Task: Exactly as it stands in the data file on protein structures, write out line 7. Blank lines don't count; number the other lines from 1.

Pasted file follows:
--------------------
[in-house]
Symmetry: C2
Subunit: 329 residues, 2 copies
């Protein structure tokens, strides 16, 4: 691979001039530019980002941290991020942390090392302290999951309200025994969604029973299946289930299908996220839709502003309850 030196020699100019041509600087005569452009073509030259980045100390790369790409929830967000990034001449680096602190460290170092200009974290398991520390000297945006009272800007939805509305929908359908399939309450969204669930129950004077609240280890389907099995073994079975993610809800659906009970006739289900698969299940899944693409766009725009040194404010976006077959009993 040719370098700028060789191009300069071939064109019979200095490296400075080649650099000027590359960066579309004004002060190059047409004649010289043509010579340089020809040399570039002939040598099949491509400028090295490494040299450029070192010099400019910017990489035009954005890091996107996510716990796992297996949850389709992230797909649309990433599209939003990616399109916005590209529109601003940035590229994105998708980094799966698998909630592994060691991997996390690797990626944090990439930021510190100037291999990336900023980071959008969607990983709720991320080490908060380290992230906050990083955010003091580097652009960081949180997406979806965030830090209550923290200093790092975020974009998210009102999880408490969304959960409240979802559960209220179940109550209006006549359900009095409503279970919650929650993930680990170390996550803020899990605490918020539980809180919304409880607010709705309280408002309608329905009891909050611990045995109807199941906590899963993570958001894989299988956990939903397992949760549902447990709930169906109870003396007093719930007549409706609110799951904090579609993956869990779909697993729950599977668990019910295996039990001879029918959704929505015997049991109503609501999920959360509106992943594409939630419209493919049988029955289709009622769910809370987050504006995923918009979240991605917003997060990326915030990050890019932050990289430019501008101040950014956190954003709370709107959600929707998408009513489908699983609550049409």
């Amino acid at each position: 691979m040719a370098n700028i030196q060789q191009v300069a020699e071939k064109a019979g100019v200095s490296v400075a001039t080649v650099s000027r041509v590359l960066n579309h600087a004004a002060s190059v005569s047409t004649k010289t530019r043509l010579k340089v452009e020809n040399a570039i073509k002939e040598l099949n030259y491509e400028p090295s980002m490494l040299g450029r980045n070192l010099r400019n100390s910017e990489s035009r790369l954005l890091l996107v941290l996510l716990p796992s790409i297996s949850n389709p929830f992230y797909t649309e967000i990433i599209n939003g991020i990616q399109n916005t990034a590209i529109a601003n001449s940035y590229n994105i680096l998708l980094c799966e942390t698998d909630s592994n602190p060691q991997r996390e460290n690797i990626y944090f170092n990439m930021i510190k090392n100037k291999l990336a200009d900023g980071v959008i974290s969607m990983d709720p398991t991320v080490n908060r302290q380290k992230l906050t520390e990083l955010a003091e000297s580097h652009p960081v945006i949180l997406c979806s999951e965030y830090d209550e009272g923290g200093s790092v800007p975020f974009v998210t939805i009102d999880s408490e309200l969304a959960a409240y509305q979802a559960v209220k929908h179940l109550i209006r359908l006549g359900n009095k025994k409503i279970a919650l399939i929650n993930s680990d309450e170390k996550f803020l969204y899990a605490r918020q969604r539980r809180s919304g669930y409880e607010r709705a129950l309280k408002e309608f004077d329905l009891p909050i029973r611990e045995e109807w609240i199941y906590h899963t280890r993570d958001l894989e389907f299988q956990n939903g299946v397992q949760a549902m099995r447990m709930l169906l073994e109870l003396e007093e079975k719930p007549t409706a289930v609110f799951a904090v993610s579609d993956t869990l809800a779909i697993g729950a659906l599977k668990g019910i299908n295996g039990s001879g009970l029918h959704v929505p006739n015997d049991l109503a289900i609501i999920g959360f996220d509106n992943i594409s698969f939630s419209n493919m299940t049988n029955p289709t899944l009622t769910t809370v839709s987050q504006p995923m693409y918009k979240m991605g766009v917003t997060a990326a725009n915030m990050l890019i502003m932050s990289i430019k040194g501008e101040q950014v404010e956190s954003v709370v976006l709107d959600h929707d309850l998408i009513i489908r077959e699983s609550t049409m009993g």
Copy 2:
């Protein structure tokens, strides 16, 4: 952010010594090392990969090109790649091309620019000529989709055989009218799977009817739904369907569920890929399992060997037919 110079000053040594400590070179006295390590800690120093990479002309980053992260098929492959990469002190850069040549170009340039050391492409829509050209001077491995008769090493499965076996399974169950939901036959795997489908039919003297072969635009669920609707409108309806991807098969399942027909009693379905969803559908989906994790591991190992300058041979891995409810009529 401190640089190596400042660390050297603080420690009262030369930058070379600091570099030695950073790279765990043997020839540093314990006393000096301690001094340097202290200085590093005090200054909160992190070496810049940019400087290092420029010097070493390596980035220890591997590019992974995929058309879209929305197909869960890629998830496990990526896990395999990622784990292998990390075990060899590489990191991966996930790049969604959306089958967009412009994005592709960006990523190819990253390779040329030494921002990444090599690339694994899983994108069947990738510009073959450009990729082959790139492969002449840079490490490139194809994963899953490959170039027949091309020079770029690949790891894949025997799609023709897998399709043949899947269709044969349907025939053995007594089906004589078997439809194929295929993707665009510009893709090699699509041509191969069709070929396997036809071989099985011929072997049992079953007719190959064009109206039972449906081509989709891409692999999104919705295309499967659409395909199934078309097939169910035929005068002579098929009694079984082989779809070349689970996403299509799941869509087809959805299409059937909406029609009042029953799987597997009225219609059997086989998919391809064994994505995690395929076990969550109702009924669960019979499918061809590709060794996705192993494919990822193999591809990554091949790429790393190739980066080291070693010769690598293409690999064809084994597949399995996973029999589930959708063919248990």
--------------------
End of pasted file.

């Protein structure tokens, strides 16, 4: 952010010594090392990969090109790649091309620019000529989709055989009218799977009817739904369907569920890929399992060997037919 110079000053040594400590070179006295390590800690120093990479002309980053992260098929492959990469002190850069040549170009340039050391492409829509050209001077491995008769090493499965076996399974169950939901036959795997489908039919003297072969635009669920609707409108309806991807098969399942027909009693379905969803559908989906994790591991190992300058041979891995409810009529 401190640089190596400042660390050297603080420690009262030369930058070379600091570099030695950073790279765990043997020839540093314990006393000096301690001094340097202290200085590093005090200054909160992190070496810049940019400087290092420029010097070493390596980035220890591997590019992974995929058309879209929305197909869960890629998830496990990526896990395999990622784990292998990390075990060899590489990191991966996930790049969604959306089958967009412009994005592709960006990523190819990253390779040329030494921002990444090599690339694994899983994108069947990738510009073959450009990729082959790139492969002449840079490490490139194809994963899953490959170039027949091309020079770029690949790891894949025997799609023709897998399709043949899947269709044969349907025939053995007594089906004589078997439809194929295929993707665009510009893709090699699509041509191969069709070929396997036809071989099985011929072997049992079953007719190959064009109206039972449906081509989709891409692999999104919705295309499967659409395909199934078309097939169910035929005068002579098929009694079984082989779809070349689970996403299509799941869509087809959805299409059937909406029609009042029953799987597997009225219609059997086989998919391809064994994505995690395929076990969550109702009924669960019979499918061809590709060794996705192993494919990822193999591809990554091949790429790393190739980066080291070693010769690598293409690999064809084994597949399995996973029999589930959708063919248990």